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AN IDLER’S DIARY
by Charlie Finch
 
In his new collection of New Yorker columns, entitled Let’s See (Thames & Hudson), Peter Schjeldahl writes of wandering the East Village with David Hammons, trying to imagine chaff like a roll of aluminum foil in a restaurant doorway as art. On the other hand, F. Scott Fitzgerald advised in Afternoon of an Author that "it is not good to go out without a destination."

I tried to combine these two approaches as I set out for SoHo a few afternoons ago. Approaching 60, I can’t take the bright sunlight anymore, so thus dodge back and forth between the building shadows. My destination was the Brooke Alexander Gallery to see "Colab Redux," in which those wild ‘80s expressionists like Joseph Nechvatal and Walter Robinson have become as formal as prom tuxedos 25 years later. These blasts from the past include a striking orange and sky blue image of a woman by Judy Rifka, John Ahearn’s bas-relief of Tom Otterness with a gun, and some goofy figurines by Robin Winters.

To find a legatee of these former freaks, I stopped by Guild & Greyshkul to observe the always talented Ryan Johnson, whose new sculptures of graffiti-drenched spectres with mandala clock heads are a bit too close to Tim Burton’s cartoon ectomorphs. Simmer down, Ryan! Dropped into Deitch to observe a painting of Catherina Zeta-Jones lounging in a sea of tots, then dropped back out.

I hopped a cab to SLAG Gallery in Chelsea, next to Scores West. It’s a Rumanian space, being promoted by Simon Watson. The art, kitschy depictions of peasants on carved wood by a guy named Gorzo, is just awful. Roses on the floor of the space were a redeeming touch.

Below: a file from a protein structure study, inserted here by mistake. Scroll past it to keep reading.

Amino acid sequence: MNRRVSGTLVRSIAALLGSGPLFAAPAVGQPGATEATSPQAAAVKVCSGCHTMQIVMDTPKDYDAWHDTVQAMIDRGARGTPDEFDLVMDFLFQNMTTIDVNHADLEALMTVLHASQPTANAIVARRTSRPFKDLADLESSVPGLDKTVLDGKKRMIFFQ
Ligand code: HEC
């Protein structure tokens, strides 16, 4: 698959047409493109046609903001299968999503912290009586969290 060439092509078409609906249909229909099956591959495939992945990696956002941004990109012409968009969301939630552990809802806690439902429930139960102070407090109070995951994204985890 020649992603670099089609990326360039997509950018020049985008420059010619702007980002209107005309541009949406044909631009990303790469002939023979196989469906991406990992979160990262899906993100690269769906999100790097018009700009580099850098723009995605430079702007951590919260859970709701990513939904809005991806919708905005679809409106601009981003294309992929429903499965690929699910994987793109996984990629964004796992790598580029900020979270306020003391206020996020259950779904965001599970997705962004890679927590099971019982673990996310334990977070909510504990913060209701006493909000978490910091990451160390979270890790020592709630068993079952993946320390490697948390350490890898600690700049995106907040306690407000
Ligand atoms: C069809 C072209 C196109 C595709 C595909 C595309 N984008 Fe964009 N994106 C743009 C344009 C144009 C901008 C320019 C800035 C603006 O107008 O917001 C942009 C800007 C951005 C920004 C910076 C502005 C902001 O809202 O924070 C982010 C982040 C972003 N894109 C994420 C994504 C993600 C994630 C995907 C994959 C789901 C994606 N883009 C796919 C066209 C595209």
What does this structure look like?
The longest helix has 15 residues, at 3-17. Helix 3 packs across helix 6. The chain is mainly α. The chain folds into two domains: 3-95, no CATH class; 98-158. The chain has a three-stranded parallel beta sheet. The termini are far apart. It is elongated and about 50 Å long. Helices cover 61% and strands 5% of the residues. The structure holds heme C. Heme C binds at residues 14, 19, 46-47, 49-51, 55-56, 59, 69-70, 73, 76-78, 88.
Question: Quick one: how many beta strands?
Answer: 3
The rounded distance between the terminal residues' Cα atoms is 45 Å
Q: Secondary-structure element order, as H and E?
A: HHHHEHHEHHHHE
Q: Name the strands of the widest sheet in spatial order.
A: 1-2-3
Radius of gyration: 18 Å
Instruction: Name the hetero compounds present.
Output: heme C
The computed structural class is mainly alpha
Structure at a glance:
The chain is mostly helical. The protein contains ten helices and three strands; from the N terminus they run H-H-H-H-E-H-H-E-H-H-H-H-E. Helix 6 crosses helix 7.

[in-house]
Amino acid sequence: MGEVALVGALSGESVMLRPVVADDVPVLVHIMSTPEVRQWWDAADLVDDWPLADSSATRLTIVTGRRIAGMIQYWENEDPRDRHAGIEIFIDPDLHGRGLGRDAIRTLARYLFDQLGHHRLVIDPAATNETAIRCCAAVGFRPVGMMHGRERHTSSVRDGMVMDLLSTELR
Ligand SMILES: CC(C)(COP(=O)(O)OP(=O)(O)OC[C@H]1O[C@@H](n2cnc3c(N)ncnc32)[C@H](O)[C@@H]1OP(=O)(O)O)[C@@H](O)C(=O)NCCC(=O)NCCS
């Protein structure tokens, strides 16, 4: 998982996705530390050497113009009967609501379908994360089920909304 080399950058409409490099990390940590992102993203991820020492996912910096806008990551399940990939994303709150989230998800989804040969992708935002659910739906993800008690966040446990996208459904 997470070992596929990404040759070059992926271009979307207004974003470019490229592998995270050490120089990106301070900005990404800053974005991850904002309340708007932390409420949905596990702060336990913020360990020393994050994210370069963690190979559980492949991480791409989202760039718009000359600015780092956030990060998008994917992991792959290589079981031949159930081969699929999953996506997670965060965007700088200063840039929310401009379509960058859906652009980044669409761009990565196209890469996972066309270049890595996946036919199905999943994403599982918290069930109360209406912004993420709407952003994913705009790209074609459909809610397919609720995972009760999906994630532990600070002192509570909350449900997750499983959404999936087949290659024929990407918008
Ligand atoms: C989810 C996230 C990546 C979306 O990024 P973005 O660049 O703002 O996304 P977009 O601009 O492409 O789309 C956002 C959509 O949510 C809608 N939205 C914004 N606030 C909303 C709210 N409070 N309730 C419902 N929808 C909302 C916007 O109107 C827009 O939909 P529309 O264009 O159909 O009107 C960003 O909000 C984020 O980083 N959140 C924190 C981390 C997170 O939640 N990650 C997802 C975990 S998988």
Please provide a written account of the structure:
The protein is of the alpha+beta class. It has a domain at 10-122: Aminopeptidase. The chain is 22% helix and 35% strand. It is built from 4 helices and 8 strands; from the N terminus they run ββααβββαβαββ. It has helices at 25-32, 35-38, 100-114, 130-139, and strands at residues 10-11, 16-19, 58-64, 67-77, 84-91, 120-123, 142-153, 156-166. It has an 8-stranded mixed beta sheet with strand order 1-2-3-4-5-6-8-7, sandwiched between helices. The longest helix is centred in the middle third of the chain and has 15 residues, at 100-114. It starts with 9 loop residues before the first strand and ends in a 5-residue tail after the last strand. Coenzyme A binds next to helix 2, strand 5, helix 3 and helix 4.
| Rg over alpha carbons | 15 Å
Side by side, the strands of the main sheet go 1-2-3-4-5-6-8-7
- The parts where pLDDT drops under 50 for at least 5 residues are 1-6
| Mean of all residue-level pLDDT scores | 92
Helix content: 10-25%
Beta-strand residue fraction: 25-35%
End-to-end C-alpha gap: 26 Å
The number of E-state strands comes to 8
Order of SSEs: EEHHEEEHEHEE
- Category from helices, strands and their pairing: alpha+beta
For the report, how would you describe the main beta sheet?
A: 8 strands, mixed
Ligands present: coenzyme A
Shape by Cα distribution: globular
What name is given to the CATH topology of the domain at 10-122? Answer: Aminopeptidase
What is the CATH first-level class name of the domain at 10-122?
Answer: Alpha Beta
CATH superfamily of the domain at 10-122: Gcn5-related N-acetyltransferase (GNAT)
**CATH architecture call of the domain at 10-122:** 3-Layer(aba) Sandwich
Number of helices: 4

My last stop was Ena Swansea’s loft for a celebration of P.S. 1’s Tony Guerrero being awarded the honor of Chevalier of the French Institute of Arts and Letters. The Museum of Modern Art crowd (Glenn Lowry, Peter Galassi, Alanna Heiss) was there, looking surprisingly powerless in a cocktail setting as their handlers helicoptered to the Hamptons. Ena Swansea had borrowed her best painting, The Dinner Party, from collector Harvey Shipley Miller, for our entertainment.

This work features a table with beer, wineglasses and cigarette packs glowing like Holy Grails, as the diners (Adrian Dannatt, Andre Schlechtreim, Horst and Anthony Haden-Guest) fade to gray around them. "It’s because the objects survive," Ena explained. Jerry Saltz and Roberta Smith arrived late, and Roberta and I settled down on the couch to discuss hedge funds and immigration. She was delightful. We embraced with feeling and I found my way home.


CHARLIE FINCH is co-author of Most Art Sucks: Five Years of Coagula (Smart Art Press).



 



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